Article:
- Author: APIANUS, Petrus
- Publication place: Ingolstadt
- Publisher: Peter Apian
- Publication date: 1540.
- Physical description: Folio (463 by 315mm),  ll., title-page framed by a woodcut border, on verso of the same leaf woodcut coat-of-arms of the joint dedicatees Charles V and his brother Ferdinand of Spain, 53 eleven-line and 39 six-line historiated woodcut initials by Hans Brosamer, 36 full-page woodcut astronomical figures coloured by a contemporary hand, of which 21 have a total of 83 volvelles [complete], 42 [of 44] silk threads, and 11 [of 12] pearls, full-page woodcut arms of the author by Michael Ostendorfer on fol. O6, a small letterpress cancel slip on recto of fol. K1 correcting the text, contemporary panelled blind-stamped pigskin over pasteboards, spine in six compartments separated by raised bands, remains of ties.
- Inventory reference: 11839
The author of this popular textbook in astronomy is Petrus Apianus, astronomer and professor of mathematics at Ingolstadt, and a veritable pioneer in the production of astronomical and geographical devices.
Apianus’s work on the project began eight years before and the ‘Astronomicum Caesareum’, which was printed in his private press at Ingolstadt, is considered “the most spectacular contribution of the book-maker’s art to sixteenth-century science” (Gingerich, “Apianus’s Astronomicum Caesareum”).
The handbook is divided in two parts. The first (ll. B1-M3) includes 40 chapters with maps reproducing the position and the movement of celestial bodies. The second part describes the meteroscope, an instrument designed to solve problems in spherical trigonometry, and relates the sighting of five comets: “The Astronomicon is notable for Apian’s pioneer observations of comets (he describes the appearances and characteristics of five comets, including Halley’s) and his statement that comets point their tails away from the sun. Also important is his imaginative use of simple mechanical devices, particularly volvelles, to provide information on the position and movement of celestial bodies” (DSB).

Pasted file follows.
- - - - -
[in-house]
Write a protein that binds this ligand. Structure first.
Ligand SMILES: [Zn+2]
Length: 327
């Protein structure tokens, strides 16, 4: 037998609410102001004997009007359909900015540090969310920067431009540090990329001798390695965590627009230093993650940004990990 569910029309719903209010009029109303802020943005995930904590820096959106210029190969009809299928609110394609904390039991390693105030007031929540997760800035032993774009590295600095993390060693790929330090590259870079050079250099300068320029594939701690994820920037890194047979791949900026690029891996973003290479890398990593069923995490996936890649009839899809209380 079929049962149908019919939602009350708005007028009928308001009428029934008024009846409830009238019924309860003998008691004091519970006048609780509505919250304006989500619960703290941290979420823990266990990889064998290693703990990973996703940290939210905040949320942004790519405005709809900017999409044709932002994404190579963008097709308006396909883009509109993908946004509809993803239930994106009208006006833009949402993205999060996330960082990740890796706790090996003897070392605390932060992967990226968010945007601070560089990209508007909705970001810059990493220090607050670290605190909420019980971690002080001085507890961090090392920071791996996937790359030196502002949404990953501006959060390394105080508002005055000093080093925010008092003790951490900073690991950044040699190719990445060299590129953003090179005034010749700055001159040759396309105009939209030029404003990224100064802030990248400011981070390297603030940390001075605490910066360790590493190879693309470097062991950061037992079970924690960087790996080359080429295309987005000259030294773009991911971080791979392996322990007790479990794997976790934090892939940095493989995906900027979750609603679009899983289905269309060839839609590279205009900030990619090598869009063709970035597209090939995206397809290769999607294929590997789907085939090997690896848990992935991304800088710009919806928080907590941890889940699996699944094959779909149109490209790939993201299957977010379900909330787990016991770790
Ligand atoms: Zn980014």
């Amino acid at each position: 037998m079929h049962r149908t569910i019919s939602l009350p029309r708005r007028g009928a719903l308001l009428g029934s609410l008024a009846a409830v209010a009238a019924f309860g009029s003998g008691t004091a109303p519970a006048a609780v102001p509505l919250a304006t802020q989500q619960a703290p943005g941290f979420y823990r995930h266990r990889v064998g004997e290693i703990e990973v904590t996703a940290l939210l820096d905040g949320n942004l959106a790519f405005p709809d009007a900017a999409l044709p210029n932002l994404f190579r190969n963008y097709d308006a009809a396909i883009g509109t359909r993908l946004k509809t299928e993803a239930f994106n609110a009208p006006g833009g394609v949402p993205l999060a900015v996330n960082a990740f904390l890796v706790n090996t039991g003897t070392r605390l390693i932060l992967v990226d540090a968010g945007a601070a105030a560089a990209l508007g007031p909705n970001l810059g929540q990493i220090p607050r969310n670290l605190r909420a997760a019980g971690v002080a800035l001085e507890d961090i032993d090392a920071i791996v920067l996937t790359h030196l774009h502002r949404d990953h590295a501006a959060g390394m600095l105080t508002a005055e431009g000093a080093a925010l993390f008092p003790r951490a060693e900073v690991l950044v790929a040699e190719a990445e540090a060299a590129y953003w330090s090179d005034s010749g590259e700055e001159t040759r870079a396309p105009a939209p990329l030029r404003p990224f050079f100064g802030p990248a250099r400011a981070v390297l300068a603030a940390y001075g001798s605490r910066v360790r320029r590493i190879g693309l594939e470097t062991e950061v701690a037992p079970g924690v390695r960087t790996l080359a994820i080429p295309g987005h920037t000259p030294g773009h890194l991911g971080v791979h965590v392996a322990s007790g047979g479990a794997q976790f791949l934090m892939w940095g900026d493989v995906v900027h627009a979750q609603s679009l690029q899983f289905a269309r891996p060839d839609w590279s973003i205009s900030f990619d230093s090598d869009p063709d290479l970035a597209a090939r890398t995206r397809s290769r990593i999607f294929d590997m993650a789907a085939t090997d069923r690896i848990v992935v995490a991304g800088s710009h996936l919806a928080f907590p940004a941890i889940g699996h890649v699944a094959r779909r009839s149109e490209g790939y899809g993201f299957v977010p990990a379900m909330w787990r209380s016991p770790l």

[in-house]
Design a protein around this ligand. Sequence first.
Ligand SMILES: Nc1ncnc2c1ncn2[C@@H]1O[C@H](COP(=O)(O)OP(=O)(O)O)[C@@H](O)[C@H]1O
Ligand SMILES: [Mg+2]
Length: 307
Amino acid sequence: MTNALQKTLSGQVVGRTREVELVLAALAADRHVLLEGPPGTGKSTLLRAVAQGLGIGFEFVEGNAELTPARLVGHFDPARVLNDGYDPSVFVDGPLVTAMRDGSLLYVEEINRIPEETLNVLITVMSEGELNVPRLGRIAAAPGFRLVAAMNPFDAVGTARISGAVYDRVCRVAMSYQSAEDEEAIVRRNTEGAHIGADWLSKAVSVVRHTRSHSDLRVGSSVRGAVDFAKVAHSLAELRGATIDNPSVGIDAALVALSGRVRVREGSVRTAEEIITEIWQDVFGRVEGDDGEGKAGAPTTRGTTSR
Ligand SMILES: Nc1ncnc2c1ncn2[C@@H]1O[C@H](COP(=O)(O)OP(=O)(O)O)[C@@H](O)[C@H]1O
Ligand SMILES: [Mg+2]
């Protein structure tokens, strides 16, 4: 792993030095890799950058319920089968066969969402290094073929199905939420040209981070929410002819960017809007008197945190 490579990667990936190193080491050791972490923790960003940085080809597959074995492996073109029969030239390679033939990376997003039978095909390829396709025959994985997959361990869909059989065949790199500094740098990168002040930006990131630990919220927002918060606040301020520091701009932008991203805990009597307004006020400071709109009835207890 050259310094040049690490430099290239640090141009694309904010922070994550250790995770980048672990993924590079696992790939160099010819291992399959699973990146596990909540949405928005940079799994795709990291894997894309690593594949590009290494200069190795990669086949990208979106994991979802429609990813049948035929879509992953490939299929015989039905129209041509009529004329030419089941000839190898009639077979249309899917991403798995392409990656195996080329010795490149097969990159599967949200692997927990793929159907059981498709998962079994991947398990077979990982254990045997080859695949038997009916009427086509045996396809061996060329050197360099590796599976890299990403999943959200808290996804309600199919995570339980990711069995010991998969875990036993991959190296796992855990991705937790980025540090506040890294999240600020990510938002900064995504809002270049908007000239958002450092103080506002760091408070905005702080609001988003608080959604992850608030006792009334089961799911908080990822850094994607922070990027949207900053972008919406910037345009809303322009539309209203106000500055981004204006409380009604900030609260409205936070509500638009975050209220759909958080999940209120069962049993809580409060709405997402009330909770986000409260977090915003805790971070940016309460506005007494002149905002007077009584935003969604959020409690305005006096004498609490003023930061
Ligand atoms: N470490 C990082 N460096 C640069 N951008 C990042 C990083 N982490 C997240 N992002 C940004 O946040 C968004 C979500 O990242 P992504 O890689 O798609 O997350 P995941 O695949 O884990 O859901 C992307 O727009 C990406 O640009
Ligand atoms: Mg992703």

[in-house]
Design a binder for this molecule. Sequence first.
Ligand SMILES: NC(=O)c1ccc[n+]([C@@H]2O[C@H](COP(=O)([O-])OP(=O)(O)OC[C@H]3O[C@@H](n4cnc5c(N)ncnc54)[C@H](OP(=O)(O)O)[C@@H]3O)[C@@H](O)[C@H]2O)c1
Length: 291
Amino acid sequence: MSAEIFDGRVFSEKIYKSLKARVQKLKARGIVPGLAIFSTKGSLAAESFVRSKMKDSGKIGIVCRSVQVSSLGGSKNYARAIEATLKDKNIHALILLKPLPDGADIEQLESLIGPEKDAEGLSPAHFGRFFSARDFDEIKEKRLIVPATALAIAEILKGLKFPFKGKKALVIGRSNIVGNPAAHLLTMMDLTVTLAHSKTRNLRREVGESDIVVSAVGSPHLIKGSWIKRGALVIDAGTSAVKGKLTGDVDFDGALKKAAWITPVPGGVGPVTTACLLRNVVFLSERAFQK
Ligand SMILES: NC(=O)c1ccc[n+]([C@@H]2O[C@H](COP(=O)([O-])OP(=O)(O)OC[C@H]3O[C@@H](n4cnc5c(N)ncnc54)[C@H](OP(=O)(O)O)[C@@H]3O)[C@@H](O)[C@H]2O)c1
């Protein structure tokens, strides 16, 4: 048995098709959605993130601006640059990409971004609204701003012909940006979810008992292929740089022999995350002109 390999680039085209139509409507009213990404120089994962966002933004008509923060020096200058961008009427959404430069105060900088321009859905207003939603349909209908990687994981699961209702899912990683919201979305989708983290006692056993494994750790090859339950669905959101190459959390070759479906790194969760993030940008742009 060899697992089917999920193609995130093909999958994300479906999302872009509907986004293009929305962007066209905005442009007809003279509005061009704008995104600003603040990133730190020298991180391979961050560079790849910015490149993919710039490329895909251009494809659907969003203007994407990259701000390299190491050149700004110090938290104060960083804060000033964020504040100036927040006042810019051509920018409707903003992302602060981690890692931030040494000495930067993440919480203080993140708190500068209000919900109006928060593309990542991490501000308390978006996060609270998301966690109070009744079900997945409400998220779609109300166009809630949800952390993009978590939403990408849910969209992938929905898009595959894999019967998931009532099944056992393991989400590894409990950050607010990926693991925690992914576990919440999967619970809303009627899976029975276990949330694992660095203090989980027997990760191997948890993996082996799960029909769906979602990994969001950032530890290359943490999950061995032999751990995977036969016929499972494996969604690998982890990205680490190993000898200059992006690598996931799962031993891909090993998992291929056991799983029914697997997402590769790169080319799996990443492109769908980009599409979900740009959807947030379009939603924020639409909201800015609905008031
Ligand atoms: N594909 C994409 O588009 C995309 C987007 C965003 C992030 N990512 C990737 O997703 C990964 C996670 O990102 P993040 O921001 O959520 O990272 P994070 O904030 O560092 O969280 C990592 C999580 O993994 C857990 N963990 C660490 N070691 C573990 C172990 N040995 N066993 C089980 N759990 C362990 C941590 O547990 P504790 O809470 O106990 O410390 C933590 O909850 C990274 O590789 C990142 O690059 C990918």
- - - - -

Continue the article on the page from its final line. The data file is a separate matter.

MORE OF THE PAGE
The volvelles in the work are each placed within a frame reminiscent of an astrolabe, a contemporary device that modelled the movement of the heavens in two dimensions and enabled the calculation of time and place, and assisted with astrology. The first moveable woodcut, which represents the planispheric astrolabe, compresses both hemispheres onto one plate. According to the text, the plate depicts 1,033 stars, and was based on the first printed star charts published in 1515 by Albrecht Dürer.
The most spectacular of the volvelles, which are the work of the artist Michael Ostendorfer, are the dragon plates. These include the title-page and the double-page spread dragon and moon dials. The dragon dial can be used to calculate the nodes of the moon, the two points of intersection between the yearly path of the sun, and the plane of the lunar orbit, which produce eclipses. Dragons were associated with eclipses, which were believed to occur when their head or tail blocked the sun. The thirteen small dragons indicate different parts of the lunar cycle.
For the dissemination of calculating technology in a standardized and reproducible form, the appearance of “paper instruments” has been compared to nothing less than the advent of printing (Poulle).
“Some thirty-five copies of the Astronomicum Caesareum are known today. Fabulously expensive to produce and prohibitively expensive to buy, it was always a rare book. Nicholas Wotton reported in 1544 from the Diet of Speyer that Apian would give Henry VIII a copy, for otherwise the king would not be able to get hold of it; Edmund Halley tried in vain to obtain a copy” (Hebron).
The present example represents one of the, if not the, most complete copy to have ever appeared on the market: the Horblit copy lacked 23 volvelles and one pearl, while the Honeyman copy lacked seven volvelles, one silk thread, and nine pearls.
1. Bookplate of the Electorial Library of the Dukes of Bavaria.
2. Library stamp of Staatsbibliothek München with deaccession stamp.
3. Otto Schäfer Stiftung, Schweinfurt, Germany.
- Susan Dackermann, ed., Prints and the Pursuit of Knowledge in Early Modern Europe (New Haven: Yale University Press, 2011), 104–107
- Dackerman, Susan. (2011). Prints and the pursuit of knowledge in early modern Europe. Cambridge: Harvard Art Museum.